Students take their ideas from the classroom page to the community pavement when they participate in a service-learning project based on their multimedia presentations.
This is a list of resources to help promote diversity, equity, and inclusion efforts at schools and college. This curation of resources was first developed for the "Closing the Achievement" gap Professional Day held at Middlesex Community College's all-college Professional Day held in spring 2014. This resource is being updated by member's of Middlesex Community College of Massachusetts "Leading for Change" group which is associated with the Leading for Change Higher Education Diversity Consortium which is " a voluntary collaboration of higher education institutions in Massachusetts and New England committed to identifying student and employee diversity best practices through uniform and transparent use of data, institutional benchmarks and reflective practice."
English 151 builds on English 111 to develop
students’ critical reading, analytical writing, and academic research skills. The course emphasizes close, critical reading of a variety of texts and analytical writing about these texts. Significant attention is given to the development of academic research methods and skills.
Grenzenlos Deutsch is a no-cost alternative to textbooks. We seek to represent a breadth of perspectives that will enable our students to talk about their own lives; thus we have designed content that is actively feminist, anti-racist, anti-classist, anti-ableist, LGBTQIA+ friendly and represents a spectrum of experience.
For each of the thematic modules, there are three units of increasing complexity. Each unit has approximately six lessons, and each lesson has an Erweiterung, which includes additional activities to recap and solidify activities in the main lesson; they were designed to be used as homework or in additional hours (for example, in a lab or conversation session).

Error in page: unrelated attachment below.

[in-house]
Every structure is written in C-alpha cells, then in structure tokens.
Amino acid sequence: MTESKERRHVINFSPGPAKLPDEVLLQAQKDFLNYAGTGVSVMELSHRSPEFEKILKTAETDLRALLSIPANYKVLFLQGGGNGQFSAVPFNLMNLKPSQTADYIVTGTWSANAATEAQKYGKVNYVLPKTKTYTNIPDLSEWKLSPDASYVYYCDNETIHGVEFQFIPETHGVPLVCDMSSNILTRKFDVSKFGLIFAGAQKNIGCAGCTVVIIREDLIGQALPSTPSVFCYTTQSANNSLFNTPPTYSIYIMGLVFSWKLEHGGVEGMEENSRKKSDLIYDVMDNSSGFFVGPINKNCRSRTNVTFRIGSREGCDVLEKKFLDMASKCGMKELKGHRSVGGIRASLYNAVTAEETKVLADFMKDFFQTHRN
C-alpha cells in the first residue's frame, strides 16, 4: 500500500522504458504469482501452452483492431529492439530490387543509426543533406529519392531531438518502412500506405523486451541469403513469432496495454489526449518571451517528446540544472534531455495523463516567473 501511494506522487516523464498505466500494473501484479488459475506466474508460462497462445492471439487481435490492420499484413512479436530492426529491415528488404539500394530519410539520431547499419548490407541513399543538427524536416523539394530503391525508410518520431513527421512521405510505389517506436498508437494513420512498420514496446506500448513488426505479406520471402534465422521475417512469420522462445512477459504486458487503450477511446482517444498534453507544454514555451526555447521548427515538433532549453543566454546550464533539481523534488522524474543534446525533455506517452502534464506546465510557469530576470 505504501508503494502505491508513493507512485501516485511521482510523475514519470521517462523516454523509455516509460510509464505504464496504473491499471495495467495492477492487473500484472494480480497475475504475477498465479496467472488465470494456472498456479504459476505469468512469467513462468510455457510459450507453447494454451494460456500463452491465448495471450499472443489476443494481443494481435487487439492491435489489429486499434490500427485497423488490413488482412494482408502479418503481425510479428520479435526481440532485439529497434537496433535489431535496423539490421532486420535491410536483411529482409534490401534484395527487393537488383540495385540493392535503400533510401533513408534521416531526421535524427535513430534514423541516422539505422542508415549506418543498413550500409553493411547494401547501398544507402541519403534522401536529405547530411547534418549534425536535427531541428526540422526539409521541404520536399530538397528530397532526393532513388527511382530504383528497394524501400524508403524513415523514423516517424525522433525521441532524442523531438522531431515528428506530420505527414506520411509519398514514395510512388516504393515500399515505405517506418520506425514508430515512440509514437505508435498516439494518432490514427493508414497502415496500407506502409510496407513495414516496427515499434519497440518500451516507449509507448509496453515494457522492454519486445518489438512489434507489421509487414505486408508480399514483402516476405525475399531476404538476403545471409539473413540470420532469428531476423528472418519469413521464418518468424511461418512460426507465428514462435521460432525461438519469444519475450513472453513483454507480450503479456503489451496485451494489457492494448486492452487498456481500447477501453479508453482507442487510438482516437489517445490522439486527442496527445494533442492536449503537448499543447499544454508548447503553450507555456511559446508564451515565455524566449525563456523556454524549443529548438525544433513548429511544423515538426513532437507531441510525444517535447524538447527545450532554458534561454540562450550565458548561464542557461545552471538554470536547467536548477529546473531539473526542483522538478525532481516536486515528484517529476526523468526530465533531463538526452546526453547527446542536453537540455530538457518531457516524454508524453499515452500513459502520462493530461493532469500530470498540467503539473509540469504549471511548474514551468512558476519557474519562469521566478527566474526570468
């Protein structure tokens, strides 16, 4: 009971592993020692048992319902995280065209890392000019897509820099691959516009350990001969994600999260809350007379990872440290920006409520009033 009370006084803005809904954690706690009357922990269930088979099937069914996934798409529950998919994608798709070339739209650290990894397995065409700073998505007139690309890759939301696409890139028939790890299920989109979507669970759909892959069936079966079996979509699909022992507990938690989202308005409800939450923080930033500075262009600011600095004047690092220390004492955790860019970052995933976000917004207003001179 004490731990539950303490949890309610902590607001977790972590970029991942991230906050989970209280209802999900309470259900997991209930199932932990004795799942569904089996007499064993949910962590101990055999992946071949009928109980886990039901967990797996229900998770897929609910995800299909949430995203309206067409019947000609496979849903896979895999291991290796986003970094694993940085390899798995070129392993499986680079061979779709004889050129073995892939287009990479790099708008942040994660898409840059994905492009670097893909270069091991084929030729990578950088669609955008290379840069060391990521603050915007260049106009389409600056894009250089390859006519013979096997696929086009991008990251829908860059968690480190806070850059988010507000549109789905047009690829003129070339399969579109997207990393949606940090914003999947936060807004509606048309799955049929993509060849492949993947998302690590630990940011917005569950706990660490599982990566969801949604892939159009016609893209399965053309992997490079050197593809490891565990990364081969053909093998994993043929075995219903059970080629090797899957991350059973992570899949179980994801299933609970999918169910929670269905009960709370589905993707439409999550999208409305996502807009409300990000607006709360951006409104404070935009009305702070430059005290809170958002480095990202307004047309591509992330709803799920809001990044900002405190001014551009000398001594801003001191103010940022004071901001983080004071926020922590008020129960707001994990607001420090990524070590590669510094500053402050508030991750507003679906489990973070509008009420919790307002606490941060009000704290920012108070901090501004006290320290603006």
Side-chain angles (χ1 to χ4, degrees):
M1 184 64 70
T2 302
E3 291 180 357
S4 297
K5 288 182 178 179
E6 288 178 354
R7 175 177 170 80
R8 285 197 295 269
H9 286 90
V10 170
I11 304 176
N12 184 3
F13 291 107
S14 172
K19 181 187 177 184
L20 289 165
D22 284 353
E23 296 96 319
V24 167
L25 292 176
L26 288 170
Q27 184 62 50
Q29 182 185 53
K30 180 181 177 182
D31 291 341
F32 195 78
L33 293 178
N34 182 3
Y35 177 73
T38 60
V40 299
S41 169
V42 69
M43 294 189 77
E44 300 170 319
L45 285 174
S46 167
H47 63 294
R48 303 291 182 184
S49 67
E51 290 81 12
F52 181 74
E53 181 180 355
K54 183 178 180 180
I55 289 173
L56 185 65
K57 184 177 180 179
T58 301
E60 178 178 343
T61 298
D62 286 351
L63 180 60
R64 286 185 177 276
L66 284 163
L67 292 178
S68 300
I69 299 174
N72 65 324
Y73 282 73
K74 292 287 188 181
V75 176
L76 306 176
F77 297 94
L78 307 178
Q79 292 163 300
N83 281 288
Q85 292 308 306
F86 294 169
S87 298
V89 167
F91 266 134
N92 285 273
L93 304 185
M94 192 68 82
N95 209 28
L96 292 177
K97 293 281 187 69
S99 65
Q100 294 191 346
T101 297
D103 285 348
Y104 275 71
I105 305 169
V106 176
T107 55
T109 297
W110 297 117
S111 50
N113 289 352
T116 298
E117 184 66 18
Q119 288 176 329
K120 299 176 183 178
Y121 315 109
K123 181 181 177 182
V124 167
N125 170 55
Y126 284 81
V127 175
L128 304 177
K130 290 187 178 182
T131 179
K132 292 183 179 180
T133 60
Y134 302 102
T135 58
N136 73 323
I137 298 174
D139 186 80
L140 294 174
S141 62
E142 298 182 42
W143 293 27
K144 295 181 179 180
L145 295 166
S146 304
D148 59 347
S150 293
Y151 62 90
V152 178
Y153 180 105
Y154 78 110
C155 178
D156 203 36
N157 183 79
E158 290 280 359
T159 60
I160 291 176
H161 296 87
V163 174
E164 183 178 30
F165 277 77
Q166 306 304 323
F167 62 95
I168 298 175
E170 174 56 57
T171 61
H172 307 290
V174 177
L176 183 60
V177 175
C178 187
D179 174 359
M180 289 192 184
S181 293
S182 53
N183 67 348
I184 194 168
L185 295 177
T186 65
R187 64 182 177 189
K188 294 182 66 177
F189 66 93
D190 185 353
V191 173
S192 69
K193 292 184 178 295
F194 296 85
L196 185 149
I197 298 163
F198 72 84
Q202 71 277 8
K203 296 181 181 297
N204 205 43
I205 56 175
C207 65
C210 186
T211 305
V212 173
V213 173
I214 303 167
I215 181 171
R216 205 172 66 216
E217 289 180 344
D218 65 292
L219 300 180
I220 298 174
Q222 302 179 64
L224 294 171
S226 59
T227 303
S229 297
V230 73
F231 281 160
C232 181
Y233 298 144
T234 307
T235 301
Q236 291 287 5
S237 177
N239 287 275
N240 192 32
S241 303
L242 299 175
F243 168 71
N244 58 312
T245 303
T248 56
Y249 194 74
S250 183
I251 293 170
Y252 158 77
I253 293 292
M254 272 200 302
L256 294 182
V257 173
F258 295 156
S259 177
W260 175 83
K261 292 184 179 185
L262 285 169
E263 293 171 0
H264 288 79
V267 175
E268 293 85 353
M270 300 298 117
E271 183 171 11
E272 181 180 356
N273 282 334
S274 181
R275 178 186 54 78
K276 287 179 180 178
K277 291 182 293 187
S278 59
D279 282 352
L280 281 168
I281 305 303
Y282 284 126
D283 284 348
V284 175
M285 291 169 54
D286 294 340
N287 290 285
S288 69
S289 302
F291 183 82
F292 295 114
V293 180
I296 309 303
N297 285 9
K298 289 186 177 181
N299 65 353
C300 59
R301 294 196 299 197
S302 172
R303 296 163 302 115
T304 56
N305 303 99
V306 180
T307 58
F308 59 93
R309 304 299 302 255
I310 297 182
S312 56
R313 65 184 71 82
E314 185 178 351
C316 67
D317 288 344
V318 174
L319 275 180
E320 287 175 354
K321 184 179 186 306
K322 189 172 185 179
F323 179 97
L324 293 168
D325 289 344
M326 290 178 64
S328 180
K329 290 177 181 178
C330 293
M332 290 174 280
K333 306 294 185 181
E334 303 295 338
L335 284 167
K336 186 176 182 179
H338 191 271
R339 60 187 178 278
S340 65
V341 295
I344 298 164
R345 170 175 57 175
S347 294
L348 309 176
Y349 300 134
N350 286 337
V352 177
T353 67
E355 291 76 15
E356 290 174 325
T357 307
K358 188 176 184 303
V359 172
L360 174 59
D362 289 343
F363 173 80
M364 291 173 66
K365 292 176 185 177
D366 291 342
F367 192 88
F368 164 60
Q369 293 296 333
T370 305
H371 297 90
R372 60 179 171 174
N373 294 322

Grenzenlos Deutsch (GD) is:
Interactive: The activities are intended to give you opportunities to practice some of the skills you’ll be learning along the way.
Cultural: Each lesson includes readings and/or video that relates to some aspect of DACHL culture (D- Germany; A- Austria; CH- Switzerland; L-Liechtenstein).
Inclusive: One of our goals is to make it possible for you to talk about yourself and your life in German, and thus we introduce basic language for talking about LGBTQIA+ identities, complex family structures, and lifestyle choices such as veganism, vegetarianism, and intentional communities.
OER: Grenzenlos Deutsch is an Open Educational Resource. This means that all of the content, including photos and videos, can be used, reused, and shared with attribution given to Grenzenlos Deutsch. Licensed CC-BY-NC-SA: https://creativecommons.org/licenses/by-nc-sa/4.0/
This OER campus administrator guide, officially entitled "OER & Online Learning: Administrator Quick Start Guide, Strengthening the Shift to Online Learning in California Community Colleges Through the Use of OER", is an outcome of a project by ISKME, supported by a grant from the Michelson 20MM Foundation, to conduct a study and develop a set of resources to accelerate OER use for distance education, especially the urgent shift to remote learning during the pandemic in 2020.